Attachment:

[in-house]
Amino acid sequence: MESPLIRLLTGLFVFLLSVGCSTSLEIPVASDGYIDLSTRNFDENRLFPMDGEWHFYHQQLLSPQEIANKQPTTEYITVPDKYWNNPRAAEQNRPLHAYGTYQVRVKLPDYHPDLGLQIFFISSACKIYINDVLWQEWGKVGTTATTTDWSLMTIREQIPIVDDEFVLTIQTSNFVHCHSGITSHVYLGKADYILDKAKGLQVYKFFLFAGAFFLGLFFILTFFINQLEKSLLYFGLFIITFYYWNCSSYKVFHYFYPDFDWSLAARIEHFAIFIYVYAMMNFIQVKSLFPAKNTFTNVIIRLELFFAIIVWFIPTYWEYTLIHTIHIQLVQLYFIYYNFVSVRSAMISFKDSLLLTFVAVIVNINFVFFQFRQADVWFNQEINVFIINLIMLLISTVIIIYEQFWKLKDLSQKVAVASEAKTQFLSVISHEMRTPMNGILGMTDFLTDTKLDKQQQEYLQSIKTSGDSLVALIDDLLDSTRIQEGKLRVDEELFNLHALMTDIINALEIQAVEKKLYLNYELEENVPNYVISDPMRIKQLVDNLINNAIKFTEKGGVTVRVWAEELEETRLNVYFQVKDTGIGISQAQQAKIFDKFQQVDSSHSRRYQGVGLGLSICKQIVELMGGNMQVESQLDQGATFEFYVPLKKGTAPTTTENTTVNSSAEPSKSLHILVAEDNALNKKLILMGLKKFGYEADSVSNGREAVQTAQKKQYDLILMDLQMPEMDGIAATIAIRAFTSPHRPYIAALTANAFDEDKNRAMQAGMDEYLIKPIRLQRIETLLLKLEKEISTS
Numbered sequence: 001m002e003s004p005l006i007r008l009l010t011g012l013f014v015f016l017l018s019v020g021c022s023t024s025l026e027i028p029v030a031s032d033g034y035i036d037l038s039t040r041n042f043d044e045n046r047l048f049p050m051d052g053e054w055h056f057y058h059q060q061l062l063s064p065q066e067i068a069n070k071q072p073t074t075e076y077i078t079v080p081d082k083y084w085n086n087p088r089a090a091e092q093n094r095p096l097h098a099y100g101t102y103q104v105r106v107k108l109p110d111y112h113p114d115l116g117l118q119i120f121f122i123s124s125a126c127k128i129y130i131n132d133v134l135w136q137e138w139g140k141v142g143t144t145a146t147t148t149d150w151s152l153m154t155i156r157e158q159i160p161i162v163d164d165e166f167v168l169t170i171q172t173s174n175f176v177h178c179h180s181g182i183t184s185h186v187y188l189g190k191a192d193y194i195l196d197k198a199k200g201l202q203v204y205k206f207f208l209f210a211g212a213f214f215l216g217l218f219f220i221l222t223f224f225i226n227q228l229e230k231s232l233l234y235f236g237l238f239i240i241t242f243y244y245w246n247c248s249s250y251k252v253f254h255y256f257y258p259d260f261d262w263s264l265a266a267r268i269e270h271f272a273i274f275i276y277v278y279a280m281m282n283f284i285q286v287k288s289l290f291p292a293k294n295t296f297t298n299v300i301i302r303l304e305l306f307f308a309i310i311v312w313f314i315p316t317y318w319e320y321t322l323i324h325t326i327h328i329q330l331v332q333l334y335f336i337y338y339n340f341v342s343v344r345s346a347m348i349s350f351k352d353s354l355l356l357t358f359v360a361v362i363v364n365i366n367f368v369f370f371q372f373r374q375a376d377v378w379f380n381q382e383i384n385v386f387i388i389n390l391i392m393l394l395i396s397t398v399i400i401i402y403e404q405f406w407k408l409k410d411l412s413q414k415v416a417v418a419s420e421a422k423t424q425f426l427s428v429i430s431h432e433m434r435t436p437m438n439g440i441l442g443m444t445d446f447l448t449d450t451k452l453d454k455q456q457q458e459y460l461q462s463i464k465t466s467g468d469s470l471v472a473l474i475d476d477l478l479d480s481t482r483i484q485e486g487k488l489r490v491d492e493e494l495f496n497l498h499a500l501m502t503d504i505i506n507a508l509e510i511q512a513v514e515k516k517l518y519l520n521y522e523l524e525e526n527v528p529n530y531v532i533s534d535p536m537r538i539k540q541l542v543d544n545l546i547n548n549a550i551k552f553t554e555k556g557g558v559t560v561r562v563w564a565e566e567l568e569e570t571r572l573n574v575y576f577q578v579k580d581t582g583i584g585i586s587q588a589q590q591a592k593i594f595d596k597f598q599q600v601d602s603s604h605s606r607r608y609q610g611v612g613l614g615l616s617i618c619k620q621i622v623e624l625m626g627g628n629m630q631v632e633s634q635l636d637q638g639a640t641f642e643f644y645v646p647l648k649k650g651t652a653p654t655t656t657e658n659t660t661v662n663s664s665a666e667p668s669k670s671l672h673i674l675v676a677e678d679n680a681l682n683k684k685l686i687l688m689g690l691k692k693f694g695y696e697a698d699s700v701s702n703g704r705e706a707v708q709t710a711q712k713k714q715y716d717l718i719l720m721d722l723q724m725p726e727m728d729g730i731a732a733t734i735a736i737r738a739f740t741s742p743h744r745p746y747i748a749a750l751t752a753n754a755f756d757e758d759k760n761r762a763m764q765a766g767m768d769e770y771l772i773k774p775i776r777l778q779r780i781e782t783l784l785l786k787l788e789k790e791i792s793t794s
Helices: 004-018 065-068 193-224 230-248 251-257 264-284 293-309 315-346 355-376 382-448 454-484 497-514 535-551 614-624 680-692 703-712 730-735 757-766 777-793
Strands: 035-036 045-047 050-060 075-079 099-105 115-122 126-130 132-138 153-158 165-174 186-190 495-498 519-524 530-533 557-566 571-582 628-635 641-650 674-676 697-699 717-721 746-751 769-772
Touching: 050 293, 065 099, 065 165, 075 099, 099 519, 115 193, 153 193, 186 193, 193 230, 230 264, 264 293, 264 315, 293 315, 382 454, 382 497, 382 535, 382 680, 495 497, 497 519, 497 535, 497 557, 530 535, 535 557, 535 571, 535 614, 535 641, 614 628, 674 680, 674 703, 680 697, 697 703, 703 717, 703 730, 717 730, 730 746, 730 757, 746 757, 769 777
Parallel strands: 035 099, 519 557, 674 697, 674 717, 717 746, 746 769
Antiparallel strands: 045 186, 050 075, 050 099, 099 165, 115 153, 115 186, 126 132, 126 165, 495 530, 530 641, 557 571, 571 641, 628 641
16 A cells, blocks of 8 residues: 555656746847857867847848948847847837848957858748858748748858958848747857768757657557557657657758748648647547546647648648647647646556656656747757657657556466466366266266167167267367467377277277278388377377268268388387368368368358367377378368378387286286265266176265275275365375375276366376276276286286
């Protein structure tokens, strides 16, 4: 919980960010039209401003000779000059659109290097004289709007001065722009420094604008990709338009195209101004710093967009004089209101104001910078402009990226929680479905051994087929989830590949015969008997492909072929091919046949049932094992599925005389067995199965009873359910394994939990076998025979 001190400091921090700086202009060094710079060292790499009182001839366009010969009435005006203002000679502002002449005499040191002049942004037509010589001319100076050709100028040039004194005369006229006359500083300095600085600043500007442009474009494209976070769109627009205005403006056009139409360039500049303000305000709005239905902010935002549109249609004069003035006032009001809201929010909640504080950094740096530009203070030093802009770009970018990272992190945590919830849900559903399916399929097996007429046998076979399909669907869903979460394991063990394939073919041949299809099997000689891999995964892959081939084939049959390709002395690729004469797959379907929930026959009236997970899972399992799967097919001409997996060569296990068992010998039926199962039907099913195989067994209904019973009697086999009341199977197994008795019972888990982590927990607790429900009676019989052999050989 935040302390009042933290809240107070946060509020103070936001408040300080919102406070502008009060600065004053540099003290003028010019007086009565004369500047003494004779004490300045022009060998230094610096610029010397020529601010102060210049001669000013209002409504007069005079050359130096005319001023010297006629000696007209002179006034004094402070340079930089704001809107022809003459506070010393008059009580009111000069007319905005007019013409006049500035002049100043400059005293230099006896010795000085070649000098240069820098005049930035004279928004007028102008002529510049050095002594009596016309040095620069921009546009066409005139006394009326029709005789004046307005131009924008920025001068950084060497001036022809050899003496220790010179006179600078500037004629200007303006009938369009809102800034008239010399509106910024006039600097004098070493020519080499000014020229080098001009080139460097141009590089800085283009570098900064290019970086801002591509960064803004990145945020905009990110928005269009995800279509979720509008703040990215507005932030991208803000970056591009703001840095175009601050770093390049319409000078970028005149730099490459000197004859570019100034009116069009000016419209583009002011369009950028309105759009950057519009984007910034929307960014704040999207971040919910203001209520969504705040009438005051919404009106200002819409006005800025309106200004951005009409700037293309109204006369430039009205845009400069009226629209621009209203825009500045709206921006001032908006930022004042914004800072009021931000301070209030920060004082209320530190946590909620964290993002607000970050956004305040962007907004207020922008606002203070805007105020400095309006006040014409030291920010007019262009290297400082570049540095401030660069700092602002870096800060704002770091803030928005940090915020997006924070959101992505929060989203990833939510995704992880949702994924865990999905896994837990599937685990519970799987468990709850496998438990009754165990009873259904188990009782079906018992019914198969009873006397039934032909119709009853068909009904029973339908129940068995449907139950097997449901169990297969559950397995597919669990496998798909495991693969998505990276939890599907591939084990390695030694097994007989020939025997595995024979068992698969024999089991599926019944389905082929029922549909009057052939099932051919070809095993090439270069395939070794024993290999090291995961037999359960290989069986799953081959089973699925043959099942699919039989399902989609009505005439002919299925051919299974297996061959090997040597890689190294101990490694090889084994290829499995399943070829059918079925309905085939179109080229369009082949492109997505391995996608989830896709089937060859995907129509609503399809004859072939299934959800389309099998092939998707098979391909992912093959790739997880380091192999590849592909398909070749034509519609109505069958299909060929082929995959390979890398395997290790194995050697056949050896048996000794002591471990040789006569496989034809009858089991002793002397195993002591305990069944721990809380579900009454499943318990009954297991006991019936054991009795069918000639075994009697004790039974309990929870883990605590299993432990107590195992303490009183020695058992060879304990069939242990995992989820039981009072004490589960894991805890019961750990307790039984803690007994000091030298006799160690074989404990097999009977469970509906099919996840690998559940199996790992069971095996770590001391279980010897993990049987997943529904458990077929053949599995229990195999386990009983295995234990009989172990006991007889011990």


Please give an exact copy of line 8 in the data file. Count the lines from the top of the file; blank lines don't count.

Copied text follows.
Antiparallel strands: 045 186, 050 075, 050 099, 099 165, 115 153, 115 186, 126 132, 126 165, 495 530, 530 641, 557 571, 571 641, 628 641